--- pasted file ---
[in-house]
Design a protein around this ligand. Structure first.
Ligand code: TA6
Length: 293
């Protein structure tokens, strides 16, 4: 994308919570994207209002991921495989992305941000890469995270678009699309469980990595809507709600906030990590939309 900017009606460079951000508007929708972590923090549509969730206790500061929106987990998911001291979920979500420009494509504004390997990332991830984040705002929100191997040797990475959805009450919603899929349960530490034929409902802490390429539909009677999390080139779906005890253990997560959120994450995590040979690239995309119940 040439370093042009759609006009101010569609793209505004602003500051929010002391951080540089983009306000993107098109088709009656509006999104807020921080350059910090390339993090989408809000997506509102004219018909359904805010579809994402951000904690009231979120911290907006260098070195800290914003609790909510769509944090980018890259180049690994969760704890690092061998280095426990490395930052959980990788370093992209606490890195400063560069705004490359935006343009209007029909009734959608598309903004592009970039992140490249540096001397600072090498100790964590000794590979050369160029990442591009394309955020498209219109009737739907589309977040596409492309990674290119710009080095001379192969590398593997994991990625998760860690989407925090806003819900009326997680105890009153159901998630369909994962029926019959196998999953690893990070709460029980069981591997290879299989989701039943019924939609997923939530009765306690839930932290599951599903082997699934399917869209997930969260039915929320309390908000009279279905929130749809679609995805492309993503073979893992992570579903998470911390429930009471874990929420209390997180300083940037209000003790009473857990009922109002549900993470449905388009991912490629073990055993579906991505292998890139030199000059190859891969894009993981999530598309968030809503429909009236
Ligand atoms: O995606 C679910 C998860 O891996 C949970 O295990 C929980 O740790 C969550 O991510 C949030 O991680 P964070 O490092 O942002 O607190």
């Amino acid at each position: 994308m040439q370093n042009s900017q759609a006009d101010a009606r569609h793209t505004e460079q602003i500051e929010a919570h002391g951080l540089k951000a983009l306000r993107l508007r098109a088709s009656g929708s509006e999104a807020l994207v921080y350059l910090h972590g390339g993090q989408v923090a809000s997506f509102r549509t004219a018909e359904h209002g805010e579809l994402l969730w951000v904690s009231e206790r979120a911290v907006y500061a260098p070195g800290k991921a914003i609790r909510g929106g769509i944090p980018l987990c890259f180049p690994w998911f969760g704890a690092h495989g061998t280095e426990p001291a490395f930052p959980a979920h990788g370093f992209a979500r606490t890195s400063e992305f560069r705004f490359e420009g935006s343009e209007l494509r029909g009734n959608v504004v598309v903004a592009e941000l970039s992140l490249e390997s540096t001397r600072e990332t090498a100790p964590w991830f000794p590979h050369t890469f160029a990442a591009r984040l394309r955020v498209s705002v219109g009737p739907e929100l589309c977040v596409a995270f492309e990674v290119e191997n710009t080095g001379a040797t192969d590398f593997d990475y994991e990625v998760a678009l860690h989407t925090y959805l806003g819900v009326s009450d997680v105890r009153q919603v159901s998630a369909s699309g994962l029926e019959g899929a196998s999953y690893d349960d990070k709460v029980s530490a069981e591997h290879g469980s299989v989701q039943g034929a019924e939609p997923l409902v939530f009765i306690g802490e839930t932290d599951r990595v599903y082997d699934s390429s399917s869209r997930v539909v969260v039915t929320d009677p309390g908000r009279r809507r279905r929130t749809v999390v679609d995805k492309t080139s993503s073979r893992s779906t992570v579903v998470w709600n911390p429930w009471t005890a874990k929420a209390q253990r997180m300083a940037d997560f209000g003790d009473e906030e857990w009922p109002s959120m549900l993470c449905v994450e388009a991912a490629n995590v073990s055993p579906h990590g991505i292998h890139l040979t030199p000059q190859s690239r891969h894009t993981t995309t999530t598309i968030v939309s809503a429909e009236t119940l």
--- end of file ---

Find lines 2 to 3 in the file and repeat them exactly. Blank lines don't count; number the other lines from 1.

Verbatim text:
Design a protein around this ligand. Structure first.
Ligand code: TA6